The Preachers also exerted an extensive influence on different religious orders, particularly on foundations that approximated in some degree their own type of institution. Members of the Order cooperated in the establishment of other religious communities: Raymond of Peñafort for the Order of Mercy; St. Peter of Verona for the Servites; Hugh of St. Cher for the Carmelites. Moreover, the forms of activity undertaken by the Preachers served as an example on which the mendicant orders partially modeled their own. The Constitutions and the social organization of the Preachers gave a still wider scope to their influence, because in the thirteenth and fourteenth centuries religious institutions in the throes of evolution or adaptation tended, though not uniformly, toward the pattern of Dominican life and frequently included in their legislation even literal extracts from the Constitutions of their forerunners.

In the direction and instruction of numerous convents of women religious, the Preachers were obliged to take a notable part. In spite of a long and tenacious resistance, they were constrained to incorporate into the Order a large group of convents, and frequently had to care for the spiritual welfare of houses which were not even juridically under the administration of the Order. The Preachers of Strasbourg during the thirteenth century attended to eight convents in the city, and in Milan the friars bad charge of twelve at the beginning of the fourteenth century, although the houses were not incorporated with the Order.

Beyond the scope of their principal mission, the Preachers covered an almost limitless range in their service to the ecclesiastical world, a service that had its parallel in their work in civil society and among the laity.

Most of the princes of Europe selected their confessors from the Order. The nobility of France was unfailingly loyal to them. The long series of royal confessors began with Geoffrey de Beaulieu, who was for twenty years the spiritual director of St. Louis. The Plantagenets in England imitated the kings of France and it was John of St. Giles who initiated this ministry in 1239 with Henry III. The kings of Castile followed the practice of those of France and England. Dominican confessors were also found at the courts of Portugal and Aragon. It was a Preacher, Guala of Bergamo, whom Gregory IX sent to Frederick II in 1227 when the Pope wished to have the Emperor helped in ordering his conscience, and it was another Preacher, Bernardine of Montepulciano, who assisted Henry VII when he died in 1313 on his Italian expedition. An insidious calumny tried to fasten the death of the Emperor on his confessor.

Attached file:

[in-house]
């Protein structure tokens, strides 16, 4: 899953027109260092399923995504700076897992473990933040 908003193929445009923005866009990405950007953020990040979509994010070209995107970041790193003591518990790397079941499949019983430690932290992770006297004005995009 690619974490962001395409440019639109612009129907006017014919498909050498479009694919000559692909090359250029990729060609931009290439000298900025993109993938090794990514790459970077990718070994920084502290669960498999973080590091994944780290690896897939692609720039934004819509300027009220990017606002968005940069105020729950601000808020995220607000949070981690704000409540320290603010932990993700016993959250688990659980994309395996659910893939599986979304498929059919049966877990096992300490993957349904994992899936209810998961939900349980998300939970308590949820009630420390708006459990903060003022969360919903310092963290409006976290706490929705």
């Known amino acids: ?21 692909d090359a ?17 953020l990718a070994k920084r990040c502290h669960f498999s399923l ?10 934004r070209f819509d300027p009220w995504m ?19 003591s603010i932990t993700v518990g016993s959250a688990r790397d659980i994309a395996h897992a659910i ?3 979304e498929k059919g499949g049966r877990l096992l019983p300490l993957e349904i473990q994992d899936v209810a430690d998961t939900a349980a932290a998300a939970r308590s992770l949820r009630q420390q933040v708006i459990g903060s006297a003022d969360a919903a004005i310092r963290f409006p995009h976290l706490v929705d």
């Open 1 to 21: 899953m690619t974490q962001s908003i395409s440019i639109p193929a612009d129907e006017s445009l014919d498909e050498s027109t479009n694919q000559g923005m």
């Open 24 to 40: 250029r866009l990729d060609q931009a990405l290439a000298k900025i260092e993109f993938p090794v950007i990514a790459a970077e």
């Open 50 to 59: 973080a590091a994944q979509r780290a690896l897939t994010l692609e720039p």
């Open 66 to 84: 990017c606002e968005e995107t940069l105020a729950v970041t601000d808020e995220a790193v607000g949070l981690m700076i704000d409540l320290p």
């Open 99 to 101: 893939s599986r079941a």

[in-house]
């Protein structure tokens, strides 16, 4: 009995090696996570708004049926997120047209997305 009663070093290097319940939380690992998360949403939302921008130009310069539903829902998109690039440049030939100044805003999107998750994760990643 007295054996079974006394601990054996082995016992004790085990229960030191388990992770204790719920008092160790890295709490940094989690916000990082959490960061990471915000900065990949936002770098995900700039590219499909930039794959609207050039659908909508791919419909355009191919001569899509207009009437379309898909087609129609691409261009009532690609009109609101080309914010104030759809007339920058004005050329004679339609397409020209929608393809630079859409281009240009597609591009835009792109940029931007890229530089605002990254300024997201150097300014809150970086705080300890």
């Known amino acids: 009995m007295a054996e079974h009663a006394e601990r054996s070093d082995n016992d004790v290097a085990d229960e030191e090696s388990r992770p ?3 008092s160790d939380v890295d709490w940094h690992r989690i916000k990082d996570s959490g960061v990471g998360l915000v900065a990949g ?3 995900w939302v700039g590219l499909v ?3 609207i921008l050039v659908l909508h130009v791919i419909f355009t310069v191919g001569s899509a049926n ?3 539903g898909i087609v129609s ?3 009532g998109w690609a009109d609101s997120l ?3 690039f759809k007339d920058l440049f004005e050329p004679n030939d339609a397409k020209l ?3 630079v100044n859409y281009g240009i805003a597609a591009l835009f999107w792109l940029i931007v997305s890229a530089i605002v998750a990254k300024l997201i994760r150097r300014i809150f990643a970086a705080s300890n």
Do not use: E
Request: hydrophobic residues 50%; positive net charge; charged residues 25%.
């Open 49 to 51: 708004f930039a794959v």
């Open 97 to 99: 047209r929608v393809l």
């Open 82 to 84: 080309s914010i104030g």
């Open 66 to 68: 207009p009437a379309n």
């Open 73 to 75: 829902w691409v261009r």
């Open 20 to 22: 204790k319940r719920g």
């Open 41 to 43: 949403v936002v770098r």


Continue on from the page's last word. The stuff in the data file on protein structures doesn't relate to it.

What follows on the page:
Often, too, princes took advantage of the ministry of the Preachers for embassies to other princes or to the Sovereign Pontiffs. The communes, especially in Italy, imitated the princes and frequently appealed to the same religious to establish peace between cities and to serve as arbiters between rival factions within a city.

The social organization of the Preachers reacted in its turn, it seems, on the political regime of Europe, by its fundamental principle of election and of representation in deliberative assemblies. The wealth of literature produced by the Order on the education of princes and the government of states, and further still, the diffusion Of the Politics of Aristotle, unknown previously in the Latin world, as translated by William of Moerbeke and commented on by St. Thomas Aquinas and St. Albert the Great, put into circulation new elements, essential for the development of the national life of Europe.

Life among the people felt a shaping force from the work of the Preachers, through societies that sprang up almost everywhere for the purpose of edification and economic solidarity. Congregations or fraternities of the Blessed Virgin and of the saints which held their meetings in the Dominican convents were instructed or directed by the religious. Groups of penitents and of persons practicing continence, who early responded to the teaching apostolate of the Preachers, formed a clientele which, though not juridically dependent on the Order, was morally so, until the Master General, Munio de Zamora, by his Rule of Penitence of St. Dominic (1285) finally constituted a Third Order.

This universal action of the Preachers, in addition to their specific mission of preaching and teaching, was too marked in Christian society not to evoke a testimony from the pen of a master general as observant as Humbert of Romans. In one of his circular letters he described the state of the Order and its activity, remarking the consideration poured out upon its members: "Who could adequately express," he wrote in 1256, "the favor bestowed by the Church on our Order and on each of us who perseveres in his vocation? What kindness is evinced toward us by the majority of prelates! What honor and veneration from kings, princes, and nobles! What charity from other religious! In fine, what devotion everywhere from the faithful!" And in 1260: "The great call us into their councils and seat us in their midst. Prelates confide their business to us. Our Mother the Holy Roman Church favors and protects us. The people nearly everywhere are marvelously devoted to us. We are honored by nobles and peasants and by the whole human race."